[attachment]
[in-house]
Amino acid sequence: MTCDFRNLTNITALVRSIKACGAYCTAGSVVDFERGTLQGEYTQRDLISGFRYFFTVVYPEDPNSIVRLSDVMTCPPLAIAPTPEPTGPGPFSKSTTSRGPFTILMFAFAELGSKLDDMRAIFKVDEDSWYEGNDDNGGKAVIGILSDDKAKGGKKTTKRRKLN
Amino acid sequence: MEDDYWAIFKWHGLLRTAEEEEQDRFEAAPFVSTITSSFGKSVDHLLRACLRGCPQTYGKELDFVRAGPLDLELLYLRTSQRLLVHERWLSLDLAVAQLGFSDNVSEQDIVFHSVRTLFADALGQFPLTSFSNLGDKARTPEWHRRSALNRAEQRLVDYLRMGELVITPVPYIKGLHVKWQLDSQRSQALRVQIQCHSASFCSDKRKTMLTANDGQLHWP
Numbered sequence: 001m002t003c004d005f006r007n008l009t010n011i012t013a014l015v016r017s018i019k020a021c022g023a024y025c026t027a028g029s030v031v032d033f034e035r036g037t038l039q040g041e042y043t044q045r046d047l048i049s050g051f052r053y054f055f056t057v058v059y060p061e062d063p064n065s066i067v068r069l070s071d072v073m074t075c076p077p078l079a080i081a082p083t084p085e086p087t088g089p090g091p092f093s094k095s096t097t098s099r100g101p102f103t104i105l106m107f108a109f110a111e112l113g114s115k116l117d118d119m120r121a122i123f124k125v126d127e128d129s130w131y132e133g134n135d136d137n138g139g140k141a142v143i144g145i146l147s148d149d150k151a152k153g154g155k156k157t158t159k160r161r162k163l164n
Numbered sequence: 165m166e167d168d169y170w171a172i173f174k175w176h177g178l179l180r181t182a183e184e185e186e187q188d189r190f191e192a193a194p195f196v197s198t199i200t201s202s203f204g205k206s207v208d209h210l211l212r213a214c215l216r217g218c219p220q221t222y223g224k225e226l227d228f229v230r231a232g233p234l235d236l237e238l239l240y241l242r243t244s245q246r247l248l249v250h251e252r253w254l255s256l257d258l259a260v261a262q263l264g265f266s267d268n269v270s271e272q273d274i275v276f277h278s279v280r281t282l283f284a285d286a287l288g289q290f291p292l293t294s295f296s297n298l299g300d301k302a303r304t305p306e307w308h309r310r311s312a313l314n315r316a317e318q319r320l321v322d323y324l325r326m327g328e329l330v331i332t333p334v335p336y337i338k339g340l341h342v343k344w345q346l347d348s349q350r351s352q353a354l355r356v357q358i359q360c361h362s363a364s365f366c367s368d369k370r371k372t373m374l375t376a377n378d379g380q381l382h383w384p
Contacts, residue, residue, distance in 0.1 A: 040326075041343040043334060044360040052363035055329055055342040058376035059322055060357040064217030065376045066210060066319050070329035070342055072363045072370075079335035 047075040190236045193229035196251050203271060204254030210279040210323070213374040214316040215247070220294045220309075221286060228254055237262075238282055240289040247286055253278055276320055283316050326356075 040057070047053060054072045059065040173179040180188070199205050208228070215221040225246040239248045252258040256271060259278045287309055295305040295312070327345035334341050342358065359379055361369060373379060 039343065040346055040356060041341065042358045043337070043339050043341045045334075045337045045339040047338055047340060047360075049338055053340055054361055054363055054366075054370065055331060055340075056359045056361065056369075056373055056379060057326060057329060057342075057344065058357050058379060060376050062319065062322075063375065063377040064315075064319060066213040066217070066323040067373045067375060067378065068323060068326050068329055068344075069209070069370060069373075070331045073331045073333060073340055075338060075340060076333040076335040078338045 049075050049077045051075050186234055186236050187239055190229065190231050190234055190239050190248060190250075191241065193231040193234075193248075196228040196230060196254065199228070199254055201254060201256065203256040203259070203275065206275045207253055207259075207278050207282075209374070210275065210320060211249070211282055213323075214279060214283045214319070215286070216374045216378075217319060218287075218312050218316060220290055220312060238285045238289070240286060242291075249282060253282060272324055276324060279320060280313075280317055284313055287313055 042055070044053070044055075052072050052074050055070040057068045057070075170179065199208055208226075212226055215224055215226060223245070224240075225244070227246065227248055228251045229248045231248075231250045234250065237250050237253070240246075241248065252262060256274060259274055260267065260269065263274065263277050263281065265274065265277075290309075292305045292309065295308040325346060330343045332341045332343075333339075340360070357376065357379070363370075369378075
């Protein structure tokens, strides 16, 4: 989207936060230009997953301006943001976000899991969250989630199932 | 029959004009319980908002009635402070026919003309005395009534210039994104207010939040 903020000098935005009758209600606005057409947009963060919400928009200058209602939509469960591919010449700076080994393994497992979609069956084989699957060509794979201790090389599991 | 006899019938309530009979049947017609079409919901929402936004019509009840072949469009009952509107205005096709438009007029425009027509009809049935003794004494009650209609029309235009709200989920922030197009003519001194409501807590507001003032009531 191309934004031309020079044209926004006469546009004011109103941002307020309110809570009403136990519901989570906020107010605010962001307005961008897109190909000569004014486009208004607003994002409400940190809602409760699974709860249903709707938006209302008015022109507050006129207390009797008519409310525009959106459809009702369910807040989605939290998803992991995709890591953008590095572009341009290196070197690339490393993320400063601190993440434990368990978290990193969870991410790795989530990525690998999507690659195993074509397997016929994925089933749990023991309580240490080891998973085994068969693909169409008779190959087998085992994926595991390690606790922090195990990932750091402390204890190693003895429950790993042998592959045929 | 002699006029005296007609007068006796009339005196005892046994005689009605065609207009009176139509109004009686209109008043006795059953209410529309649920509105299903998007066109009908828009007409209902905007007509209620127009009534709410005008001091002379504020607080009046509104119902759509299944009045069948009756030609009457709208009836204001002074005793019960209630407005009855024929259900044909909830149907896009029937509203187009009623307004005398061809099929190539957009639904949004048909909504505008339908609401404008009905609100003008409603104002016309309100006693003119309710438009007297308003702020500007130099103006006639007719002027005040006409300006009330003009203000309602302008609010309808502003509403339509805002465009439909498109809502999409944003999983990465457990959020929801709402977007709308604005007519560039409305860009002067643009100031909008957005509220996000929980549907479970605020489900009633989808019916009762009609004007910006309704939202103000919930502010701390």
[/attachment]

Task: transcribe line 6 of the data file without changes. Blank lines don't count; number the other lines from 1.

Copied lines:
Contacts, residue, residue, distance in 0.1 A: 040326075041343040043334060044360040052363035055329055055342040058376035059322055060357040064217030065376045066210060066319050070329035070342055072363045072370075079335035 047075040190236045193229035196251050203271060204254030210279040210323070213374040214316040215247070220294045220309075221286060228254055237262075238282055240289040247286055253278055276320055283316050326356075 040057070047053060054072045059065040173179040180188070199205050208228070215221040225246040239248045252258040256271060259278045287309055295305040295312070327345035334341050342358065359379055361369060373379060 039343065040346055040356060041341065042358045043337070043339050043341045045334075045337045045339040047338055047340060047360075049338055053340055054361055054363055054366075054370065055331060055340075056359045056361065056369075056373055056379060057326060057329060057342075057344065058357050058379060060376050062319065062322075063375065063377040064315075064319060066213040066217070066323040067373045067375060067378065068323060068326050068329055068344075069209070069370060069373075070331045073331045073333060073340055075338060075340060076333040076335040078338045 049075050049077045051075050186234055186236050187239055190229065190231050190234055190239050190248060190250075191241065193231040193234075193248075196228040196230060196254065199228070199254055201254060201256065203256040203259070203275065206275045207253055207259075207278050207282075209374070210275065210320060211249070211282055213323075214279060214283045214319070215286070216374045216378075217319060218287075218312050218316060220290055220312060238285045238289070240286060242291075249282060253282060272324055276324060279320060280313075280317055284313055287313055 042055070044053070044055075052072050052074050055070040057068045057070075170179065199208055208226075212226055215224055215226060223245070224240075225244070227246065227248055228251045229248045231248075231250045234250065237250050237253070240246075241248065252262060256274060259274055260267065260269065263274065263277050263281065265274065265277075290309075292305045292309065295308040325346060330343045332341045332343075333339075340360070357376065357379070363370075369378075